Now the Lord speaks to Balaam a second time through the donkey, this time to recall him from his mad state and return him to reality. The donkey calmly and logically points out to Balaam its faithful service to him in the past, and Balaam, being forced to start thinking, has to admit that what the donkey says to him is true. At this point, when he has to start thinking again, it no doubt starts to occur to him that having a conversation with a donkey is a rather unusual thing, and at this point the LORD steps in and reveals to him what was really going on, and how close he had come to death. In other words, the LORD stops speaking through the donkey, and starts communicating to Balaam directly once again. The donkey was used to point out to Balaam his mad course of action, and to shame him as well. If the LORD treated him like he had treated his poor donkey, he would have been dead long since.

So I believe that Balaam’s strange reaction to his donkey talking was merely due to the fact that he had lost his temper, and was in a violent rage in which even the strangeness of an animal talking seemed inconsequential compared to his anger.

Your suggestion that animals talked at one time is something that men have contemplated regarding this passage, including C.S. Lewis, who thought the story of Adam and Eve indicated that snakes could talk at this time. But regarding the serpent in the garden, we know that this was God’s old enemy, called Satan and the Devil. The Hebrew word for serpent is “shining one,” obviously because of the effect of light on a snake’s scales. Many assume that Satan here possessed a serpent. I do not believe that this could be true. We read in the Bible of evil or unclean spirits possessing both people and animals in the New Testament gospels and Acts. Yet Lucifer is said to be a cherub in Ezekiel 28:14, and cherubim are definitely described as having bodies, unlike spirits. Thus we have no indication that they can possess anyone or anything. What it means when Satan “entered” Judas is hard to say, but it is not the same word used for demon possession. Others suggest that Satan turned himself into a snake. Yet does he really have such power? God became a man, and we count that as a great miracle. Does Satan have the power to go even further and make himself a snake? I doubt it.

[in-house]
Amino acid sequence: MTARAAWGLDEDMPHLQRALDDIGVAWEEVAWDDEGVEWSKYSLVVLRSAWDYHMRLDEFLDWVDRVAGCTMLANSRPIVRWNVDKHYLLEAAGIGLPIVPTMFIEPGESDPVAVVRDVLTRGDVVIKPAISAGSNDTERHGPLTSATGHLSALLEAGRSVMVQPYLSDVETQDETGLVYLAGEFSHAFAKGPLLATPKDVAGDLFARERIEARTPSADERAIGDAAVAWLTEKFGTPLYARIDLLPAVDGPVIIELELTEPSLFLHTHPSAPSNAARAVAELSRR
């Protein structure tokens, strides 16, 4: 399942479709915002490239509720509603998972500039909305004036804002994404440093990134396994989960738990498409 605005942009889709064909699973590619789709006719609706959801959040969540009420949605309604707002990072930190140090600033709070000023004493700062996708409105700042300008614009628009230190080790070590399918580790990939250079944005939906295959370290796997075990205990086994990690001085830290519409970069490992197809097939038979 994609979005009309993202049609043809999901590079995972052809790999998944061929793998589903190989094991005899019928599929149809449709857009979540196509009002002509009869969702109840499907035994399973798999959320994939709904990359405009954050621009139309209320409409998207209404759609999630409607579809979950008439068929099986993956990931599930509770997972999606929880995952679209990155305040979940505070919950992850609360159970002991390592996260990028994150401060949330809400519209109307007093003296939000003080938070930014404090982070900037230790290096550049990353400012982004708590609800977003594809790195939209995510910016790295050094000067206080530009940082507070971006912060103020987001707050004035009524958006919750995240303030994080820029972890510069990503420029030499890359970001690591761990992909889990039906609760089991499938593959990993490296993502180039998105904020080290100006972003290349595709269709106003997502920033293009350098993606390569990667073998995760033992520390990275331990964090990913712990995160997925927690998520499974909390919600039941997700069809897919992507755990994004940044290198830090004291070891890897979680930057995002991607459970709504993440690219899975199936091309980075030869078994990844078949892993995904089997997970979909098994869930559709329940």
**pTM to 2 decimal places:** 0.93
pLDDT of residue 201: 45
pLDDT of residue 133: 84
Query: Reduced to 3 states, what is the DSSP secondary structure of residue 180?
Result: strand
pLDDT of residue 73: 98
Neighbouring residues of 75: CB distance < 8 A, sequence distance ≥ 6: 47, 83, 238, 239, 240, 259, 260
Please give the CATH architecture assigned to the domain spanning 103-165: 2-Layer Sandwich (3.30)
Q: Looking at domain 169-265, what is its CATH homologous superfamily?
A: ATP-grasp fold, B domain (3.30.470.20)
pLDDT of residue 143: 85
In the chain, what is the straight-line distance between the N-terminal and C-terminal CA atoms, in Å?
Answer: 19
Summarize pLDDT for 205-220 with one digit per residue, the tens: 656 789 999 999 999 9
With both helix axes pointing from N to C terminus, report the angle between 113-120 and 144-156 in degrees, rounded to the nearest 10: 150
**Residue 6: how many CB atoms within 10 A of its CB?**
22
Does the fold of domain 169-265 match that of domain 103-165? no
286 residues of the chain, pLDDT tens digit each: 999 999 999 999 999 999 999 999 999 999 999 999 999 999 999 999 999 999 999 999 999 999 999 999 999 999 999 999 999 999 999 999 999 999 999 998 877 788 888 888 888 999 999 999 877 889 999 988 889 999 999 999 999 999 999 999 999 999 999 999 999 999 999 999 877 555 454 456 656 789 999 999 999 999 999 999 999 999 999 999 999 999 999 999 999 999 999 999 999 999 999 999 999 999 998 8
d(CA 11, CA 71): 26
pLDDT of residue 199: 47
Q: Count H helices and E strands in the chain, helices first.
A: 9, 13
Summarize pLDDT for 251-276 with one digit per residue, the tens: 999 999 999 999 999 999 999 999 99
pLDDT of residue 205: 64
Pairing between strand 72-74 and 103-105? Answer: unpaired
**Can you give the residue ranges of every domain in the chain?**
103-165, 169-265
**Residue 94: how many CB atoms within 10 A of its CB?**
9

I believe that, although snakes are indeed called “shining ones” in Hebrew because of the reflective properties of their scales, that in this case it is not snakes at all that is referred to but rather a name that Lucifer possessed, perhaps before he ever fell from God. Satan is called “The Shining One,” but that is a name or title given to him, and not at all an indication that he was a snake. I realize that he is spoken of figuratively as a snake in various places in the Bible, but that doesn’t mean that he was literally a snake in Genesis 3 anymore than it means he will be literally a dragon in Revelation. Remember, Adam and Eve were given authority over all beasts of the field. Eve would have been more likely to reprove a snake who questioned her than listen to it. A shining, heavenly being, however, she might well listen to and be deceived.

At any rate, we know who this snake was. It was Satan. That is why it could talk. There is nothing here to make us think that creatures other than man could talk then anymore than they can talk now. So I do not believe that the donkey talking to Balaam had anything to do with animals being able to talk back then. This was the LORD acting in a miraculous way to bring His message to Balaam. Balaams’ fury, however, kept him from considering what God was saying, even when He spoke in such an unusual and spectacular way.

Did animals speak in a “language” at one time that is not recorded in the Bible? Or, because they have not sinned against God are they able to communicate differently? We know that the serpent spoke to Eve in the Garden. Was that the “norm” at the time? Or, do they truly communicate with God and we don’t have that closeness anymore?